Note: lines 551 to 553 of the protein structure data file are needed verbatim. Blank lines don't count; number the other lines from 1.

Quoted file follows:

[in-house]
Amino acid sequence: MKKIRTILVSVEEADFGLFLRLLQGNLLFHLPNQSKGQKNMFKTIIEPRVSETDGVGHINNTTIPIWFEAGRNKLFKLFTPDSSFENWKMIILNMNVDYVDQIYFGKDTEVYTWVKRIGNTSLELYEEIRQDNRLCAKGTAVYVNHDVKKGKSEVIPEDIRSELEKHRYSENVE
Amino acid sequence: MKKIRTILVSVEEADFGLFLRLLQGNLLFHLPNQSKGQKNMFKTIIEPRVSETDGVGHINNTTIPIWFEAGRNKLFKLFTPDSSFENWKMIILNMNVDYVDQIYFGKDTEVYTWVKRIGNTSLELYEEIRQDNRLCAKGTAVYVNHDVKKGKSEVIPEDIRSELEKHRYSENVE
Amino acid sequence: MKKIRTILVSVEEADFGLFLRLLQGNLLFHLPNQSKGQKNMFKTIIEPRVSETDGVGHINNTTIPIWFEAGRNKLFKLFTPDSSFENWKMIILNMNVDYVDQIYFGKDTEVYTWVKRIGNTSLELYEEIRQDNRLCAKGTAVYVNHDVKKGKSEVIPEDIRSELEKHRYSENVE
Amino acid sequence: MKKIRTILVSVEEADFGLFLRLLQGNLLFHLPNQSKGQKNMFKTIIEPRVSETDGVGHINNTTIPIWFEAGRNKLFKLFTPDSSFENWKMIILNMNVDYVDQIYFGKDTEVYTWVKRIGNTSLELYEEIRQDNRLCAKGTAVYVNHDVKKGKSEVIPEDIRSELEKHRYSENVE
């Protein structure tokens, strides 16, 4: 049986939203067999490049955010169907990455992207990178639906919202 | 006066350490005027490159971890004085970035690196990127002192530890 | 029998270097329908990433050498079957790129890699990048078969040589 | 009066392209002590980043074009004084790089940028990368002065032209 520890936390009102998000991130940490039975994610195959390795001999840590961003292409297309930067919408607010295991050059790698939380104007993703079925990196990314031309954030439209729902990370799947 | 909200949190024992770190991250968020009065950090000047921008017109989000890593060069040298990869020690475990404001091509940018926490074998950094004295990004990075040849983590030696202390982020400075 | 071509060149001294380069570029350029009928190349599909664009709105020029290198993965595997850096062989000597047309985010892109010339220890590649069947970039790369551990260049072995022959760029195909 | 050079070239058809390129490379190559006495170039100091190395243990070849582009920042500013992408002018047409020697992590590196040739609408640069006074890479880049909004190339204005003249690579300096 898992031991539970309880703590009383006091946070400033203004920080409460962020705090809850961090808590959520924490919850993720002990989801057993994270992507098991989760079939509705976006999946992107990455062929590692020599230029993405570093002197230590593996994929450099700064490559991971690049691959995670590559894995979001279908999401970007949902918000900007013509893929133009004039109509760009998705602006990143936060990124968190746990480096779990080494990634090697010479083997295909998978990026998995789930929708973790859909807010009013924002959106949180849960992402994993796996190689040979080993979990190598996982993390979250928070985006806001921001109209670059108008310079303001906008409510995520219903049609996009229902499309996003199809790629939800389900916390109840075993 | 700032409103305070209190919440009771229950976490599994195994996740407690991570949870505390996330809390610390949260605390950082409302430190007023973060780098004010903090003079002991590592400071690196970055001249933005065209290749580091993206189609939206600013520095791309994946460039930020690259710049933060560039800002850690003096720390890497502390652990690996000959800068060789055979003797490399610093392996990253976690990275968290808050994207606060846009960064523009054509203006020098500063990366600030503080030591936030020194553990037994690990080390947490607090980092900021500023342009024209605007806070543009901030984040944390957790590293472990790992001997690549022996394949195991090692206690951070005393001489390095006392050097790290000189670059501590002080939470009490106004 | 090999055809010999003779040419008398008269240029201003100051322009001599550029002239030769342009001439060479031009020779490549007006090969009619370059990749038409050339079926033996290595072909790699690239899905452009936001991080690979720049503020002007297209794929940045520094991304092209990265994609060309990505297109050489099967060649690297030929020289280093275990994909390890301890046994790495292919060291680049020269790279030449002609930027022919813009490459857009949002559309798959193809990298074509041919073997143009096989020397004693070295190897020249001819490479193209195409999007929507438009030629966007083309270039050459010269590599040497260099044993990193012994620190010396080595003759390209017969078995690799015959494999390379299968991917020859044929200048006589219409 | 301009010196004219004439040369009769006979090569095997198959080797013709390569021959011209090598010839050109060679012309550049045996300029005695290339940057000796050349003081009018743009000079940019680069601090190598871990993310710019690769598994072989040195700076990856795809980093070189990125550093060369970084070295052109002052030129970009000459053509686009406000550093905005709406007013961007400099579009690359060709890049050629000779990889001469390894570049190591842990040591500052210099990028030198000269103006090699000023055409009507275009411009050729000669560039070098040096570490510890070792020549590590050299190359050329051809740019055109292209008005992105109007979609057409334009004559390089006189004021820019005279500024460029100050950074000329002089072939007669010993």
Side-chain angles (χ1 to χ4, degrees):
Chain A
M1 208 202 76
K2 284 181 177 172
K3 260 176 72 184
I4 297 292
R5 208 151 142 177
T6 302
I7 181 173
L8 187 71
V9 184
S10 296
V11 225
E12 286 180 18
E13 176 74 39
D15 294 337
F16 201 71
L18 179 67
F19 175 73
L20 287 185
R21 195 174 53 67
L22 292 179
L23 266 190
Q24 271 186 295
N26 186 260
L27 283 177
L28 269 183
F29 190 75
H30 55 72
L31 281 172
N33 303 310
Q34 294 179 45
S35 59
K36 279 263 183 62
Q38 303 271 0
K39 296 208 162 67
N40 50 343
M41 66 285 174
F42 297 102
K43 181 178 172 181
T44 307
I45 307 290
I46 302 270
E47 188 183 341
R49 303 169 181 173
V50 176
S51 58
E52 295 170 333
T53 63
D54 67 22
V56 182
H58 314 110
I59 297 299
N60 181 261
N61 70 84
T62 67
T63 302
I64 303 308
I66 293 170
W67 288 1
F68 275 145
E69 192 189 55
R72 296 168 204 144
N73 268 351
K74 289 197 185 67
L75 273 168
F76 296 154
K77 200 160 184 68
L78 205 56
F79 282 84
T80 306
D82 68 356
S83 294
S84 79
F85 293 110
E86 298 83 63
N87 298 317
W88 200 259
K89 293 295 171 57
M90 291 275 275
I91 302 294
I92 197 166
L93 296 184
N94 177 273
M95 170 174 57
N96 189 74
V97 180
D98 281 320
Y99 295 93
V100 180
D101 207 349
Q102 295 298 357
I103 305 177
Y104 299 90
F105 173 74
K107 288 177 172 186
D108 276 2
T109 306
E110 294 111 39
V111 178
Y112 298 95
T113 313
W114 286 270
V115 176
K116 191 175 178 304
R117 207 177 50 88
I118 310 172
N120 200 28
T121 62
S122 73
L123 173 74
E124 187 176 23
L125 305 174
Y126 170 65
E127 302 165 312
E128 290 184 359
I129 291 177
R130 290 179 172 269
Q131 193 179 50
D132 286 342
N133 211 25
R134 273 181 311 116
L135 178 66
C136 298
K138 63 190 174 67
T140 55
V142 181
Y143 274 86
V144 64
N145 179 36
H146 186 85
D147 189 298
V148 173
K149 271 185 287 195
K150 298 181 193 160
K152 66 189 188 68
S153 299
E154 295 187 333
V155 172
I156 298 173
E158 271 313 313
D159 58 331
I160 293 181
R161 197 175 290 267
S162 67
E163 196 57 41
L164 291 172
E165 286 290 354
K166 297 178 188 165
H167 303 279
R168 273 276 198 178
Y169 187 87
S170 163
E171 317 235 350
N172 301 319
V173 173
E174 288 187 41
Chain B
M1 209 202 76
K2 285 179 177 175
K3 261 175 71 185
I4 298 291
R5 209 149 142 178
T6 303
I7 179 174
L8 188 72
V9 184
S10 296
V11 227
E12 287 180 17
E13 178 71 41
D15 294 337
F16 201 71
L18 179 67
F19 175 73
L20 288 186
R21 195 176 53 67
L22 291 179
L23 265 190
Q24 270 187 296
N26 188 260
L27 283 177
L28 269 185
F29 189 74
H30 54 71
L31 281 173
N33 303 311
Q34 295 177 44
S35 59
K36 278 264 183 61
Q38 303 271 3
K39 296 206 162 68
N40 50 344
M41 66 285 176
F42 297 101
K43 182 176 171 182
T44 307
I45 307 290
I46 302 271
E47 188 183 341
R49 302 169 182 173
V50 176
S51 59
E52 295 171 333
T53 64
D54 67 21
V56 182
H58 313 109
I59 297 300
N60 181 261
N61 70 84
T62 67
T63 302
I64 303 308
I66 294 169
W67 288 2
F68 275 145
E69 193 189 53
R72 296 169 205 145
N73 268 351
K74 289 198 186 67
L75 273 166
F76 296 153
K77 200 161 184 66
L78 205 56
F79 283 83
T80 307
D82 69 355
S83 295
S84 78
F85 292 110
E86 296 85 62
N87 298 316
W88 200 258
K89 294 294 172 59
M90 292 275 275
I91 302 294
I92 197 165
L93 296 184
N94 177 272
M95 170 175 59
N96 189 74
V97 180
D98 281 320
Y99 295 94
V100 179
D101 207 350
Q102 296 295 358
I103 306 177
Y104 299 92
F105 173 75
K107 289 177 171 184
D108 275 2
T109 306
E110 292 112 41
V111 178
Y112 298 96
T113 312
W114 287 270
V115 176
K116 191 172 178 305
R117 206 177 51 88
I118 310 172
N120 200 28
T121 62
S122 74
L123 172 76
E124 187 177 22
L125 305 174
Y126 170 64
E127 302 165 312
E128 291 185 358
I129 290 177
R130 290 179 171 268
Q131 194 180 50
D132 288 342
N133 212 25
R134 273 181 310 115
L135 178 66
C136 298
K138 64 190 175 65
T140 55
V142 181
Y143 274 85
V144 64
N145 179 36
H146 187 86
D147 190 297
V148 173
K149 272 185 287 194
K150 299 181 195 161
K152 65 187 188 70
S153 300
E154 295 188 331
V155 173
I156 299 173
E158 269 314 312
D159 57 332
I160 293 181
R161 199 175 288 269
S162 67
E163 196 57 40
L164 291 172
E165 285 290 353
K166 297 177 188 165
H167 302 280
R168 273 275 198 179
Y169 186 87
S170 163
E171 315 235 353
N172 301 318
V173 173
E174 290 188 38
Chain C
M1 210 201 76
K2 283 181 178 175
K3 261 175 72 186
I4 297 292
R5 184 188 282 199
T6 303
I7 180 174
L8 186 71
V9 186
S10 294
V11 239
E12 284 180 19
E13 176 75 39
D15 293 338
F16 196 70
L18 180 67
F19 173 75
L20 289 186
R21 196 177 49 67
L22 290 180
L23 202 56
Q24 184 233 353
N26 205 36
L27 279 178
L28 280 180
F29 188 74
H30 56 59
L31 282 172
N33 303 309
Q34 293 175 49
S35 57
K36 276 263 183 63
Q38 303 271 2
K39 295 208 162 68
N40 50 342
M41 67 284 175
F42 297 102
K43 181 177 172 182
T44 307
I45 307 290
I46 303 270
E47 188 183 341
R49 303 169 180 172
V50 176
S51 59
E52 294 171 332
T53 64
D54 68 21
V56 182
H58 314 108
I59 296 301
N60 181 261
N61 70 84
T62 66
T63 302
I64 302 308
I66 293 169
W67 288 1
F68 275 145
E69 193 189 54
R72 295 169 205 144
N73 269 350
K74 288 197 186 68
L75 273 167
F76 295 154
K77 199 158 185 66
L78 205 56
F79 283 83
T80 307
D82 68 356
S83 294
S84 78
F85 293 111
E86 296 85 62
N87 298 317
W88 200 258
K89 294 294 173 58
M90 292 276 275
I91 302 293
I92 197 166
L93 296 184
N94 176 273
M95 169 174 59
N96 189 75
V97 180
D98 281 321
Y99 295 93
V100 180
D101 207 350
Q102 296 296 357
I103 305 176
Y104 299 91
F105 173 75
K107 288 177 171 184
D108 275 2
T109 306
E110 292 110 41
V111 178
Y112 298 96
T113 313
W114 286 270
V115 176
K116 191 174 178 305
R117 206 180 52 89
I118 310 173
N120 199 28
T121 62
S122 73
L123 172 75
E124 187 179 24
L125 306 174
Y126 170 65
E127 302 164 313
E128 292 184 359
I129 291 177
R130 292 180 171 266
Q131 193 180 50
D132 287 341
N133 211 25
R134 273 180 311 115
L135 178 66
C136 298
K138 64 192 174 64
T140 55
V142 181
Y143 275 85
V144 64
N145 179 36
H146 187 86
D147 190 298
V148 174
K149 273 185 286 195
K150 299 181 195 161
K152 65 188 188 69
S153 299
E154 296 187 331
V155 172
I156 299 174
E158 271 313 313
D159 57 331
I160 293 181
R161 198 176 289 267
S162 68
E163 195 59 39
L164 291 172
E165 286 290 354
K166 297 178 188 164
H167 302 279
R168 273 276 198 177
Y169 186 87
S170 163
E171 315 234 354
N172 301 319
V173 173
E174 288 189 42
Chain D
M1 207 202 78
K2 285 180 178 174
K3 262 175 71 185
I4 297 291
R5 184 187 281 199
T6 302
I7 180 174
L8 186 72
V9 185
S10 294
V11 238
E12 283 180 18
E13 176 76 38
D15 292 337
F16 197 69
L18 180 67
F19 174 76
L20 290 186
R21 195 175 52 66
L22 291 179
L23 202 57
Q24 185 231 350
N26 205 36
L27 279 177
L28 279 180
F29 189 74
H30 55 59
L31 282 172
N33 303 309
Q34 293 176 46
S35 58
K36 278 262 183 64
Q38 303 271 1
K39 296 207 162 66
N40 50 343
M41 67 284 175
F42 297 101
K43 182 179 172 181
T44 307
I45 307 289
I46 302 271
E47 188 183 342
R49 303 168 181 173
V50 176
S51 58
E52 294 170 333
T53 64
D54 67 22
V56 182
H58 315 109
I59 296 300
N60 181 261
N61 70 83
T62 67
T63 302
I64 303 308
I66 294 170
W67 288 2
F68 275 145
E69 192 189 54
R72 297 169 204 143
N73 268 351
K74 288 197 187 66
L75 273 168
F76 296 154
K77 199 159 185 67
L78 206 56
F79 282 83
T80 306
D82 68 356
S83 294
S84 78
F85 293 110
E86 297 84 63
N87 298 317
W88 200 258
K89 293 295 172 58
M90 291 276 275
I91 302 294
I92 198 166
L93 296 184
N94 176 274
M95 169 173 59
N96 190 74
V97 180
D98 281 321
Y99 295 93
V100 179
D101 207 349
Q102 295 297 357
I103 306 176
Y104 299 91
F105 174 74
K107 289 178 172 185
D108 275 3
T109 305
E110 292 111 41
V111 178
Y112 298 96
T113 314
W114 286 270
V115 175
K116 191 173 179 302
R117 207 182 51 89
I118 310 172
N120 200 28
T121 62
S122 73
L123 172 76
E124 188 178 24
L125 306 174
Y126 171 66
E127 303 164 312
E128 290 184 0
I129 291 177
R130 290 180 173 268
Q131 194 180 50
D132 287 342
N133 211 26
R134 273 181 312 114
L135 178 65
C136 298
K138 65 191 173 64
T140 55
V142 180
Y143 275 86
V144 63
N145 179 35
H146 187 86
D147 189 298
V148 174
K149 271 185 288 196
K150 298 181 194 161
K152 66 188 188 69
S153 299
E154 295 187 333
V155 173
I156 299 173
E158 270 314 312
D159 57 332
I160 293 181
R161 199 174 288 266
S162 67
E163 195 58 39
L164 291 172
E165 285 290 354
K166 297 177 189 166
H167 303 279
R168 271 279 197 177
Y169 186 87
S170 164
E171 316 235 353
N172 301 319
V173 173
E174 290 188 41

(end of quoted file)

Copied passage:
N87 298 317
W88 200 258
K89 293 295 172 58